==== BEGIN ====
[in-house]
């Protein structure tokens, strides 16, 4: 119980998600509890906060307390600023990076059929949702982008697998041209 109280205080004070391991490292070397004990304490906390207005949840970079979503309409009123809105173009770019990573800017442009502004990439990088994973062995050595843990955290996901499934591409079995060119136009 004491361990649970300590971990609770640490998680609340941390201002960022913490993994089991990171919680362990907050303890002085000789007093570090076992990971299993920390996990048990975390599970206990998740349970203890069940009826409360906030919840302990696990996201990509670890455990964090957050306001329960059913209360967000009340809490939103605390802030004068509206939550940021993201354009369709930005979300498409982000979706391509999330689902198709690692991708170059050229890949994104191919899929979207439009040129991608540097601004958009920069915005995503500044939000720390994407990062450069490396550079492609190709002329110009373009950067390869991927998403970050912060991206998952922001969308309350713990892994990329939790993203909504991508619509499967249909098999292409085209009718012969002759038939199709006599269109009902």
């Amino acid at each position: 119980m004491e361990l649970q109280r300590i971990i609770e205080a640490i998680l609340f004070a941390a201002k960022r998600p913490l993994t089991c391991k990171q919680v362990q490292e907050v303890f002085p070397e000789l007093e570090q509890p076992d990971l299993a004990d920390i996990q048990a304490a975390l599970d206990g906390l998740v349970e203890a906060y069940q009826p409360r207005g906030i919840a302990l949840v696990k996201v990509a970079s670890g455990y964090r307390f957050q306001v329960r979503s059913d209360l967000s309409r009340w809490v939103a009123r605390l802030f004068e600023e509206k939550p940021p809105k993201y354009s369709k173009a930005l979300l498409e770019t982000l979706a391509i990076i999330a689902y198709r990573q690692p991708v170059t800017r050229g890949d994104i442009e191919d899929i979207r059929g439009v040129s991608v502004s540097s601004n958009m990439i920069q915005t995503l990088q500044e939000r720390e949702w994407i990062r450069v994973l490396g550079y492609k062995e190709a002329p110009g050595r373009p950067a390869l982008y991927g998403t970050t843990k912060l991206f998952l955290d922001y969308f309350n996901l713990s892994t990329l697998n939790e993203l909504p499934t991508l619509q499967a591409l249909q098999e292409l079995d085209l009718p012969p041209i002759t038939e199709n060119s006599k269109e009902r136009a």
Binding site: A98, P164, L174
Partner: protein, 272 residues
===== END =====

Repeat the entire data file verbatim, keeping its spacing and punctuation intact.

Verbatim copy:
[in-house]
């Protein structure tokens, strides 16, 4: 119980998600509890906060307390600023990076059929949702982008697998041209 109280205080004070391991490292070397004990304490906390207005949840970079979503309409009123809105173009770019990573800017442009502004990439990088994973062995050595843990955290996901499934591409079995060119136009 004491361990649970300590971990609770640490998680609340941390201002960022913490993994089991990171919680362990907050303890002085000789007093570090076992990971299993920390996990048990975390599970206990998740349970203890069940009826409360906030919840302990696990996201990509670890455990964090957050306001329960059913209360967000009340809490939103605390802030004068509206939550940021993201354009369709930005979300498409982000979706391509999330689902198709690692991708170059050229890949994104191919899929979207439009040129991608540097601004958009920069915005995503500044939000720390994407990062450069490396550079492609190709002329110009373009950067390869991927998403970050912060991206998952922001969308309350713990892994990329939790993203909504991508619509499967249909098999292409085209009718012969002759038939199709006599269109009902």
């Amino acid at each position: 119980m004491e361990l649970q109280r300590i971990i609770e205080a640490i998680l609340f004070a941390a201002k960022r998600p913490l993994t089991c391991k990171q919680v362990q490292e907050v303890f002085p070397e000789l007093e570090q509890p076992d990971l299993a004990d920390i996990q048990a304490a975390l599970d206990g906390l998740v349970e203890a906060y069940q009826p409360r207005g906030i919840a302990l949840v696990k996201v990509a970079s670890g455990y964090r307390f957050q306001v329960r979503s059913d209360l967000s309409r009340w809490v939103a009123r605390l802030f004068e600023e509206k939550p940021p809105k993201y354009s369709k173009a930005l979300l498409e770019t982000l979706a391509i990076i999330a689902y198709r990573q690692p991708v170059t800017r050229g890949d994104i442009e191919d899929i979207r059929g439009v040129s991608v502004s540097s601004n958009m990439i920069q915005t995503l990088q500044e939000r720390e949702w994407i990062r450069v994973l490396g550079y492609k062995e190709a002329p110009g050595r373009p950067a390869l982008y991927g998403t970050t843990k912060l991206f998952l955290d922001y969308f309350n996901l713990s892994t990329l697998n939790e993203l909504p499934t991508l619509q499967a591409l249909q098999e292409l079995d085209l009718p012969p041209i002759t038939e199709n060119s006599k269109e009902r136009a």
Binding site: A98, P164, L174
Partner: protein, 272 residues